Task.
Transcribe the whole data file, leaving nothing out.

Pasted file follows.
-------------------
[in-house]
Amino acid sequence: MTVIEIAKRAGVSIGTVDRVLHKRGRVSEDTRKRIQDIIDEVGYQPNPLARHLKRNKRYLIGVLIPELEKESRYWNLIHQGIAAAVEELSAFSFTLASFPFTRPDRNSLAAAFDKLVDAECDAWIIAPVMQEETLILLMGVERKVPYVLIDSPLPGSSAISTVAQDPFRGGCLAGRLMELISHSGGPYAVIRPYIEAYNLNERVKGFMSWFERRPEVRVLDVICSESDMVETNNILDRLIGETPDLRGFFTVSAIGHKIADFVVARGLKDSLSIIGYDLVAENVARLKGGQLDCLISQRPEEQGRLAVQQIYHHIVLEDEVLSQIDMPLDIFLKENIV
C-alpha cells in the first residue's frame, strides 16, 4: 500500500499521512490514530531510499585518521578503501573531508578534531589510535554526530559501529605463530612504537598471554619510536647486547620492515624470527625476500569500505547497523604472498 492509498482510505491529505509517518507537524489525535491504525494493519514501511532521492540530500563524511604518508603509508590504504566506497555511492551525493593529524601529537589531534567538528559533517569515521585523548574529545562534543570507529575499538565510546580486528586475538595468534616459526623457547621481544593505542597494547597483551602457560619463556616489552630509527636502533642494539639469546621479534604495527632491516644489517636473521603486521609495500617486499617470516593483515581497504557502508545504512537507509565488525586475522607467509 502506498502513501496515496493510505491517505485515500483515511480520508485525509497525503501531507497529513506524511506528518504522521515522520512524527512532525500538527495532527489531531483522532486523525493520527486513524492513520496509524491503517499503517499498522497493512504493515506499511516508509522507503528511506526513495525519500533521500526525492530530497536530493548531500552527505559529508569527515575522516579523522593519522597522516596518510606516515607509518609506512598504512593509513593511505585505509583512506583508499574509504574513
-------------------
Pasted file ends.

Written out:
[in-house]
Amino acid sequence: MTVIEIAKRAGVSIGTVDRVLHKRGRVSEDTRKRIQDIIDEVGYQPNPLARHLKRNKRYLIGVLIPELEKESRYWNLIHQGIAAAVEELSAFSFTLASFPFTRPDRNSLAAAFDKLVDAECDAWIIAPVMQEETLILLMGVERKVPYVLIDSPLPGSSAISTVAQDPFRGGCLAGRLMELISHSGGPYAVIRPYIEAYNLNERVKGFMSWFERRPEVRVLDVICSESDMVETNNILDRLIGETPDLRGFFTVSAIGHKIADFVVARGLKDSLSIIGYDLVAENVARLKGGQLDCLISQRPEEQGRLAVQQIYHHIVLEDEVLSQIDMPLDIFLKENIV
C-alpha cells in the first residue's frame, strides 16, 4: 500500500499521512490514530531510499585518521578503501573531508578534531589510535554526530559501529605463530612504537598471554619510536647486547620492515624470527625476500569500505547497523604472498 492509498482510505491529505509517518507537524489525535491504525494493519514501511532521492540530500563524511604518508603509508590504504566506497555511492551525493593529524601529537589531534567538528559533517569515521585523548574529545562534543570507529575499538565510546580486528586475538595468534616459526623457547621481544593505542597494547597483551602457560619463556616489552630509527636502533642494539639469546621479534604495527632491516644489517636473521603486521609495500617486499617470516593483515581497504557502508545504512537507509565488525586475522607467509 502506498502513501496515496493510505491517505485515500483515511480520508485525509497525503501531507497529513506524511506528518504522521515522520512524527512532525500538527495532527489531531483522532486523525493520527486513524492513520496509524491503517499503517499498522497493512504493515506499511516508509522507503528511506526513495525519500533521500526525492530530497536530493548531500552527505559529508569527515575522516579523522593519522597522516596518510606516515607509518609506512598504512593509513593511505585505509583512506583508499574509504574513